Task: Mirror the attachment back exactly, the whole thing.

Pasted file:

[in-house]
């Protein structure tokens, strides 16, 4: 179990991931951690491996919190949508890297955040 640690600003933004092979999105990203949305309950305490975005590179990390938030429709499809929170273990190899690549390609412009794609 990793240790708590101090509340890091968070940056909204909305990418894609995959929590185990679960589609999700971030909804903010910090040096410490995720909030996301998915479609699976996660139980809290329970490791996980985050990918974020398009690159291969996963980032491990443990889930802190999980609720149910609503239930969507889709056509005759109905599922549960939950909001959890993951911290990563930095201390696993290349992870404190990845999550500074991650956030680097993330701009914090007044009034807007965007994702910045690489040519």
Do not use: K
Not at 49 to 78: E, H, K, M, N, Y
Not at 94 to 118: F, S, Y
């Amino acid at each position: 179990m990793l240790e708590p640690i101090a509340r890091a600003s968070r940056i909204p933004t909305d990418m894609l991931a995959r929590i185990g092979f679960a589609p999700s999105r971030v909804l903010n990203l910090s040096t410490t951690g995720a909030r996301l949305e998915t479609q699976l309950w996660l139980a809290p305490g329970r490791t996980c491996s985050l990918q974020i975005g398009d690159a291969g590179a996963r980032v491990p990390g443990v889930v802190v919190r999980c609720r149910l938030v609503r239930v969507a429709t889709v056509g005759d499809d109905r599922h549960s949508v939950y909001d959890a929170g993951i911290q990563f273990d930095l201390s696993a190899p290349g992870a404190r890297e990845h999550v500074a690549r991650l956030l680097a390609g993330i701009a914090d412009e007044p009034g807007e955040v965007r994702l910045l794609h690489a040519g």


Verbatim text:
[in-house]
């Protein structure tokens, strides 16, 4: 179990991931951690491996919190949508890297955040 640690600003933004092979999105990203949305309950305490975005590179990390938030429709499809929170273990190899690549390609412009794609 990793240790708590101090509340890091968070940056909204909305990418894609995959929590185990679960589609999700971030909804903010910090040096410490995720909030996301998915479609699976996660139980809290329970490791996980985050990918974020398009690159291969996963980032491990443990889930802190999980609720149910609503239930969507889709056509005759109905599922549960939950909001959890993951911290990563930095201390696993290349992870404190990845999550500074991650956030680097993330701009914090007044009034807007965007994702910045690489040519």
Do not use: K
Not at 49 to 78: E, H, K, M, N, Y
Not at 94 to 118: F, S, Y
């Amino acid at each position: 179990m990793l240790e708590p640690i101090a509340r890091a600003s968070r940056i909204p933004t909305d990418m894609l991931a995959r929590i185990g092979f679960a589609p999700s999105r971030v909804l903010n990203l910090s040096t410490t951690g995720a909030r996301l949305e998915t479609q699976l309950w996660l139980a809290p305490g329970r490791t996980c491996s985050l990918q974020i975005g398009d690159a291969g590179a996963r980032v491990p990390g443990v889930v802190v919190r999980c609720r149910l938030v609503r239930v969507a429709t889709v056509g005759d499809d109905r599922h549960s949508v939950y909001d959890a929170g993951i911290q990563f273990d930095l201390s696993a190899p290349g992870a404190r890297e990845h999550v500074a690549r991650l956030l680097a390609g993330i701009a914090d412009e007044p009034g807007e955040v965007r994702l910045l794609h690489a040519g």